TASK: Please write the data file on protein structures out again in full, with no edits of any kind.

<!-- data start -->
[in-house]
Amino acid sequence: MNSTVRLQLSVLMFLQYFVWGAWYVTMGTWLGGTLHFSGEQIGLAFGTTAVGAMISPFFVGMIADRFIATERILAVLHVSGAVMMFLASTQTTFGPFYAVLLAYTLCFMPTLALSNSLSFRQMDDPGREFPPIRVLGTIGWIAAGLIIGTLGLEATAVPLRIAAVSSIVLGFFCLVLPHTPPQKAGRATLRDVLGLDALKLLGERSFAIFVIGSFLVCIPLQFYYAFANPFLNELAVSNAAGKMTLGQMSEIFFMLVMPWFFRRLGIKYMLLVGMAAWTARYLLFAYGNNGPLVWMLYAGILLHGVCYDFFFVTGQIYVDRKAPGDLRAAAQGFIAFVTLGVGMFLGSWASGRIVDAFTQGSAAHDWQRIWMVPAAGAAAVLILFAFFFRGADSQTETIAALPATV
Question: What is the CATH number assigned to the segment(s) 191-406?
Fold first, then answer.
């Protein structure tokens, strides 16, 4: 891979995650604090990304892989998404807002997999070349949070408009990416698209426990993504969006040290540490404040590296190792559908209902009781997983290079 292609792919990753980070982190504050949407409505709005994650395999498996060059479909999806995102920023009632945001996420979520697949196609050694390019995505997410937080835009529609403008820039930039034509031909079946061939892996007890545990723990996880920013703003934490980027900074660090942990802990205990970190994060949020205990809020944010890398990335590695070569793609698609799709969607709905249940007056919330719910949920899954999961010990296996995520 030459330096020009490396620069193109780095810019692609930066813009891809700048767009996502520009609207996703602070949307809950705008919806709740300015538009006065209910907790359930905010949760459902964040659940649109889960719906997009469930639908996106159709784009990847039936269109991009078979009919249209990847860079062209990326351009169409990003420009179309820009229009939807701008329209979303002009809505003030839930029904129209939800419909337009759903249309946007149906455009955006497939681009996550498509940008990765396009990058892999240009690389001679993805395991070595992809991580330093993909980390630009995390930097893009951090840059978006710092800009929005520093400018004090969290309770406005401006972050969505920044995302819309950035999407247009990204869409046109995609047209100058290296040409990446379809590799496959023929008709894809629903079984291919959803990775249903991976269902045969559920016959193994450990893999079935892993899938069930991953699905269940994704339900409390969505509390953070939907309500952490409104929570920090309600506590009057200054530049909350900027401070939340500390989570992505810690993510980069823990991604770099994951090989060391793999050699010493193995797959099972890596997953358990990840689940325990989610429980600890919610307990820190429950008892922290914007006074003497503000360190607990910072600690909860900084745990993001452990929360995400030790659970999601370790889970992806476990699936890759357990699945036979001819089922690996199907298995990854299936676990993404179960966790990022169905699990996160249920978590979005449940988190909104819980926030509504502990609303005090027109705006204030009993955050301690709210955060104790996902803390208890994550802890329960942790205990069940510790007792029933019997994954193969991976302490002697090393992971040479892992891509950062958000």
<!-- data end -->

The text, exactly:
[in-house]
Amino acid sequence: MNSTVRLQLSVLMFLQYFVWGAWYVTMGTWLGGTLHFSGEQIGLAFGTTAVGAMISPFFVGMIADRFIATERILAVLHVSGAVMMFLASTQTTFGPFYAVLLAYTLCFMPTLALSNSLSFRQMDDPGREFPPIRVLGTIGWIAAGLIIGTLGLEATAVPLRIAAVSSIVLGFFCLVLPHTPPQKAGRATLRDVLGLDALKLLGERSFAIFVIGSFLVCIPLQFYYAFANPFLNELAVSNAAGKMTLGQMSEIFFMLVMPWFFRRLGIKYMLLVGMAAWTARYLLFAYGNNGPLVWMLYAGILLHGVCYDFFFVTGQIYVDRKAPGDLRAAAQGFIAFVTLGVGMFLGSWASGRIVDAFTQGSAAHDWQRIWMVPAAGAAAVLILFAFFFRGADSQTETIAALPATV
Question: What is the CATH number assigned to the segment(s) 191-406?
Fold first, then answer.
């Protein structure tokens, strides 16, 4: 891979995650604090990304892989998404807002997999070349949070408009990416698209426990993504969006040290540490404040590296190792559908209902009781997983290079 292609792919990753980070982190504050949407409505709005994650395999498996060059479909999806995102920023009632945001996420979520697949196609050694390019995505997410937080835009529609403008820039930039034509031909079946061939892996007890545990723990996880920013703003934490980027900074660090942990802990205990970190994060949020205990809020944010890398990335590695070569793609698609799709969607709905249940007056919330719910949920899954999961010990296996995520 030459330096020009490396620069193109780095810019692609930066813009891809700048767009996502520009609207996703602070949307809950705008919806709740300015538009006065209910907790359930905010949760459902964040659940649109889960719906997009469930639908996106159709784009990847039936269109991009078979009919249209990847860079062209990326351009169409990003420009179309820009229009939807701008329209979303002009809505003030839930029904129209939800419909337009759903249309946007149906455009955006497939681009996550498509940008990765396009990058892999240009690389001679993805395991070595992809991580330093993909980390630009995390930097893009951090840059978006710092800009929005520093400018004090969290309770406005401006972050969505920044995302819309950035999407247009990204869409046109995609047209100058290296040409990446379809590799496959023929008709894809629903079984291919959803990775249903991976269902045969559920016959193994450990893999079935892993899938069930991953699905269940994704339900409390969505509390953070939907309500952490409104929570920090309600506590009057200054530049909350900027401070939340500390989570992505810690993510980069823990991604770099994951090989060391793999050699010493193995797959099972890596997953358990990840689940325990989610429980600890919610307990820190429950008892922290914007006074003497503000360190607990910072600690909860900084745990993001452990929360995400030790659970999601370790889970992806476990699936890759357990699945036979001819089922690996199907298995990854299936676990993404179960966790990022169905699990996160249920978590979005449940988190909104819980926030509504502990609303005090027109705006204030009993955050301690709210955060104790996902803390208890994550802890329960942790205990069940510790007792029933019997994954193969991976302490002697090393992971040479892992891509950062958000």